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Electric scooters can be hijacked remotely - no password required


February 14, 2019

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Electric scooters can be hijacked remotely - no password required

Security researchers have demonstrated that it’s possible to remotely hijack control of popular electric scooters, forcing them to dangerously brake suddenly or accelerate.

Researchers at Zimperium say it took mere hours to uncover the security hole in the Xiaomi M365 scooters used by urban commuters around the world.

Security researcher Rani Idan discovered that it was possible to targeted any Xiamoi M365 scooter passing within 100 metres (328 feet), forcing it to unexpectedly accelerate or brake – without any physical access to the scooter required.

In a brief but effective video, the hoodie-wearing researcher demonstrates how easy it to remotely stall a scooter as its perplexed owner attempts to cross a road.

It is, in short, a denial-of-service attack.

The flaw lies in the insecure Bluetooth communications between the scooter itself and its smartphone app – a problem that all too often is seen with IoT devices.

According to Idan, the dedicated app is designed to allow the scooter’s owner to make use of various features including the vehicle’s cruise control, eco mode, anti-theft system, and firmware updates.

The app itself is protected by a password that can be chosen by the user.

That all sounds good in principle, provided the password chosen is strong enough.

However, the researchers discovered that one important element of the scooter’s security had been carelessly overlooked:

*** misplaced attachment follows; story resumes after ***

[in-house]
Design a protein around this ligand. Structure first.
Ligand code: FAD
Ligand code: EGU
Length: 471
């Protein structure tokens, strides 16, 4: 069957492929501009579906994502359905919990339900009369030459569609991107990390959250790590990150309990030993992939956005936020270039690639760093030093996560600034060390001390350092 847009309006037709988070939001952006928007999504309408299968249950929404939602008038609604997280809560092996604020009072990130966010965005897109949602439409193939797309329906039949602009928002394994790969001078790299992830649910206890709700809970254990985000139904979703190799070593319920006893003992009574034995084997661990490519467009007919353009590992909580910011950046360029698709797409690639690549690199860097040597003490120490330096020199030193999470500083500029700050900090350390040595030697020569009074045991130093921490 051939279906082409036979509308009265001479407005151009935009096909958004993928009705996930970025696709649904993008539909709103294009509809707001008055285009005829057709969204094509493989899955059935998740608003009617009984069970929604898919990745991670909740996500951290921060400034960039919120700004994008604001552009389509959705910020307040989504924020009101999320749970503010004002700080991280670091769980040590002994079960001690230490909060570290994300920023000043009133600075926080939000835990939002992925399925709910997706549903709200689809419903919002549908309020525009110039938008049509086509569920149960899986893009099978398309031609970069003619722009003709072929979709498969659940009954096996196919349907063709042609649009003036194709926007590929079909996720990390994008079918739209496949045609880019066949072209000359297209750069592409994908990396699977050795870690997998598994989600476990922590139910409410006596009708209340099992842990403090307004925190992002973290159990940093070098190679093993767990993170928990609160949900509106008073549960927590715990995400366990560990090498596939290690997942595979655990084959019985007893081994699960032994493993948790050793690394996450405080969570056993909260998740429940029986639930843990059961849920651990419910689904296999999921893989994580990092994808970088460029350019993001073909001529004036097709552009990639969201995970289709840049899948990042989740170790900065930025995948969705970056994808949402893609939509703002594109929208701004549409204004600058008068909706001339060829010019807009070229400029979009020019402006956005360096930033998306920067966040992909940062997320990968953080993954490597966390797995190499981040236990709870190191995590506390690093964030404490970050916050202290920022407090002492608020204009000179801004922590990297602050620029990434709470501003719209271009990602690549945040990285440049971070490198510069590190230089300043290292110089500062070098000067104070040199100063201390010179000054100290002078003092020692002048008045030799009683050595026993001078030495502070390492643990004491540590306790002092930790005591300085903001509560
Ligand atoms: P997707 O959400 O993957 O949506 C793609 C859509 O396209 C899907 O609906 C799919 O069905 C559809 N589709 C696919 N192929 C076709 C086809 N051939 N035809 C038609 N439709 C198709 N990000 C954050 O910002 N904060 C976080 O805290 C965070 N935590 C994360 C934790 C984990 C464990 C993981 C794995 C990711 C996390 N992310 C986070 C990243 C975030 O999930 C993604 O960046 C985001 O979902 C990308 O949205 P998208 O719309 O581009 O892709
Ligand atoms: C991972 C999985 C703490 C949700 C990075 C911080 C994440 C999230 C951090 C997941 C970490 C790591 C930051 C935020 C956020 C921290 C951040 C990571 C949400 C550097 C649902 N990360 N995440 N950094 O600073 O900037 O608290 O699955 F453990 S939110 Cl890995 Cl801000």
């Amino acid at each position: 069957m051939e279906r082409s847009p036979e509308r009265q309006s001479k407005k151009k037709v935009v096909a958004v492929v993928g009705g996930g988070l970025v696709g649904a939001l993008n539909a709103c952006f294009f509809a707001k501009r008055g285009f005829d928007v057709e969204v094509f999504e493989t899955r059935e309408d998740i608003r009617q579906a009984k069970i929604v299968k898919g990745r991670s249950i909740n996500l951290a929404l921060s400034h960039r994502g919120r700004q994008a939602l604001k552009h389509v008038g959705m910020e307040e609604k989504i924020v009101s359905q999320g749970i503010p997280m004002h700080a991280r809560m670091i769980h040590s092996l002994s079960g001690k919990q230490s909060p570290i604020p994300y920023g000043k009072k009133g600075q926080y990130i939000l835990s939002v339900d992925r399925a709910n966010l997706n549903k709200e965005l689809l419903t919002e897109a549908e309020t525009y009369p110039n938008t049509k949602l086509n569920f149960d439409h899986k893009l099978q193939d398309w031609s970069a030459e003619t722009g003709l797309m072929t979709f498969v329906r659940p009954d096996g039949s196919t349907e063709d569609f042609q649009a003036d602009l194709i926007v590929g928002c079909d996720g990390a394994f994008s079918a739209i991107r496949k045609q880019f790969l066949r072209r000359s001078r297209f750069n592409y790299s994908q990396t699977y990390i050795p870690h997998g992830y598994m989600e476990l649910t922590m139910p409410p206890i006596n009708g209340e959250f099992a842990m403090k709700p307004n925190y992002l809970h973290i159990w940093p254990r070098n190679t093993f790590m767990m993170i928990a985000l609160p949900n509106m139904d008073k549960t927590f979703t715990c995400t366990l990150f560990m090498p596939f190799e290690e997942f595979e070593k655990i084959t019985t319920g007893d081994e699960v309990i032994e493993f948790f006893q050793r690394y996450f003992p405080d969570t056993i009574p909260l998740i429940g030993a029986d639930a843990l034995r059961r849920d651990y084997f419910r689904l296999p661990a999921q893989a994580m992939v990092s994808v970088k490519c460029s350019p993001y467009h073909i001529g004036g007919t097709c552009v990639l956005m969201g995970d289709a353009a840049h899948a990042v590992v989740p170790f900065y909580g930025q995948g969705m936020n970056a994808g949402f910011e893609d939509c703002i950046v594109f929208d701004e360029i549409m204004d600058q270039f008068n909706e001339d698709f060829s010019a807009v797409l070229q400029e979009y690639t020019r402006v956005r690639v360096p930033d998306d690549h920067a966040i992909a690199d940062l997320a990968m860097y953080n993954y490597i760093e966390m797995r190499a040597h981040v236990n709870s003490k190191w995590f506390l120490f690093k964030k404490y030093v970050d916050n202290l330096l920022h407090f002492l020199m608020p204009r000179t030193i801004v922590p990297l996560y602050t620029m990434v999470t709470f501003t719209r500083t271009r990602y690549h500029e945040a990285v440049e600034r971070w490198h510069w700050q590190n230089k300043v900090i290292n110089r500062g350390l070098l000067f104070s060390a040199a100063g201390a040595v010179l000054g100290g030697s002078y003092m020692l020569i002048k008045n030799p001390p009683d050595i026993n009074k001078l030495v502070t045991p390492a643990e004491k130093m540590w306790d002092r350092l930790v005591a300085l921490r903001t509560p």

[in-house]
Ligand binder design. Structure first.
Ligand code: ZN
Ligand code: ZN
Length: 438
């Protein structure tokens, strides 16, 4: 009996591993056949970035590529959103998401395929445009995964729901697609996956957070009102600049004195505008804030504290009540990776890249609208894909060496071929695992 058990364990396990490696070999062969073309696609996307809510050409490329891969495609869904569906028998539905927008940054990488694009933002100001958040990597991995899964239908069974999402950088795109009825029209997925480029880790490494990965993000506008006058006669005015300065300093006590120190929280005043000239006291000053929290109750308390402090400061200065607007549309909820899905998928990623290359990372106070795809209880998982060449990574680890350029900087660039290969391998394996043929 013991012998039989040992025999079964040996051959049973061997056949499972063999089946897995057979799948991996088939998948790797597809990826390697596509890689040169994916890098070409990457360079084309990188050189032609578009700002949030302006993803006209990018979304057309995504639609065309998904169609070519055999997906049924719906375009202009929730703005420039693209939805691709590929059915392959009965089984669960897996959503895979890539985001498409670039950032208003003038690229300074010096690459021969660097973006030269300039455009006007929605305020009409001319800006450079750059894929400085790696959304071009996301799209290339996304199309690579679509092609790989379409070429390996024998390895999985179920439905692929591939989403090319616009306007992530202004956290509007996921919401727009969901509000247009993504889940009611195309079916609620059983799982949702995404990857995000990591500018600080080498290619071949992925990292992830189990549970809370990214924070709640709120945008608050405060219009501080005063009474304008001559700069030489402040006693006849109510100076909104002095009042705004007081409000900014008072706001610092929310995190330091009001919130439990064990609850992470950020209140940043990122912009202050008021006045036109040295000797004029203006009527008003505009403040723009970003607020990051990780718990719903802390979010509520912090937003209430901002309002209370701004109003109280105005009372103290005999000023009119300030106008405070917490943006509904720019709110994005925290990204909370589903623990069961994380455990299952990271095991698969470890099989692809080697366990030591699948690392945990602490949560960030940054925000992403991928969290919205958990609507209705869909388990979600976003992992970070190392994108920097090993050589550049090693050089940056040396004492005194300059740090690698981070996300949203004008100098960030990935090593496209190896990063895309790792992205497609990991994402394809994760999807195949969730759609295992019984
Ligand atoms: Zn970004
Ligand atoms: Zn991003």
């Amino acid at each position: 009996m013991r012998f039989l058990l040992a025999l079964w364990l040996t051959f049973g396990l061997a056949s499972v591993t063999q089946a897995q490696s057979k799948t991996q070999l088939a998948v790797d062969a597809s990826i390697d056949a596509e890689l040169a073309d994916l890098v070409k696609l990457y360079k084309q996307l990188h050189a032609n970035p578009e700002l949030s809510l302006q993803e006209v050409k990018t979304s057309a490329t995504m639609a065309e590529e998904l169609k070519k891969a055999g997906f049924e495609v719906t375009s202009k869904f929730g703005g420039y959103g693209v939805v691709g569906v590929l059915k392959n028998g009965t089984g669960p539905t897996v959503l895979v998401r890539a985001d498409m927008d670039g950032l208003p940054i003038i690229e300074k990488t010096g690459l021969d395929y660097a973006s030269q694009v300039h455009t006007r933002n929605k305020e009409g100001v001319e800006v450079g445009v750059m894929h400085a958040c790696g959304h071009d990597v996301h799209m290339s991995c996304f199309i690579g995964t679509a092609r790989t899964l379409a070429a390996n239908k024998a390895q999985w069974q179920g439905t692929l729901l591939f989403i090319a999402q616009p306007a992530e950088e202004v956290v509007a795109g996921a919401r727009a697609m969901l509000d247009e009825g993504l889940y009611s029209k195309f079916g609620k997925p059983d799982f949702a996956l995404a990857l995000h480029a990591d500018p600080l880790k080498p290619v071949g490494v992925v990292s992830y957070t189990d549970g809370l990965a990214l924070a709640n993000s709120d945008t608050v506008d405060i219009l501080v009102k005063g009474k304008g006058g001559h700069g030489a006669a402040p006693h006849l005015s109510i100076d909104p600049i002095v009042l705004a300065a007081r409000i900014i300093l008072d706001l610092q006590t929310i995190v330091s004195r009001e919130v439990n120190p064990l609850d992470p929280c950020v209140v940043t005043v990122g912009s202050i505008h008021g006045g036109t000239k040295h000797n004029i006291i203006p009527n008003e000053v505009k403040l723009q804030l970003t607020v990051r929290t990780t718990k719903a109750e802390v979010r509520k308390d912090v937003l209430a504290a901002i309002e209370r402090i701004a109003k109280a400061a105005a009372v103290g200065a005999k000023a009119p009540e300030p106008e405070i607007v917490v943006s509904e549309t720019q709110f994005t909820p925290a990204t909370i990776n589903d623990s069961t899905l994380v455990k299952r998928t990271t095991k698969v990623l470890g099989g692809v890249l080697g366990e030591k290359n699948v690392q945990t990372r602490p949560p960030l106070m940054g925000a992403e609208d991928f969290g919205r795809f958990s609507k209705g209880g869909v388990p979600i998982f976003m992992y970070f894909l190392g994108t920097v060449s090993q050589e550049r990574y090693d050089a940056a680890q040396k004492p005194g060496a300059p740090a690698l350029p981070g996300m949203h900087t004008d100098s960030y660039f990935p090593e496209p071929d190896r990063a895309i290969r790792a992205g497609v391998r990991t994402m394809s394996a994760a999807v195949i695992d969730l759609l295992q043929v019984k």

“During our research, we determined the password is not being used properly as part of the authentication process with the scooter and that all commands can be executed without the password. The password is only validated on the application side, but the scooter itself doesn’t keep track of the authentication state.”

“Therefore, we can use all of these features without the need for authentication.”

In other words, a hacker doesn’t need to know the scooter’s password to send it malicious instructions from up to 100 metres away.

The researchers believe the flaw can be exploited in three obvious ways:

  • Denial of Service attack – Lock any M365 scooter.
  • Deploy Malware – Install a new malicious firmware that can take full control over the scooter.
  • Targeted Attack – Target an individual rider and cause the scooter to suddenly brake or accelerate.

The research team also say that they were able to develop proof-of-concept code that was capable of accelerating scooters, but has wisely decided not to publish it because of obvious safety concerns.

Nonetheless, the fact that the Xiaomi M365 scooter is used by a number of US-based ride-sharing firms does raise the fear that commuters may be unwittingly putting themselves at risk.

Idan described to The Verge how it may not be easy for riders to tell if their scooter might be one of those which is vulnerable:

“It might have implications on any ride-sharing service that uses Xiaomi scooters but didn’t disable or replace Xiaomi’s bluetooth module. Moreover, Xiaomi scooters are rebranded and sold under different names, those might be affected.”

Zimperium claims it informed Xiaomi of the security vulnerability last month, but that no security update has yet been issued.




Graham Cluley is an award-winning security blogger, researcher and public speaker. He has been working in the computer security industry since the early 1990s.

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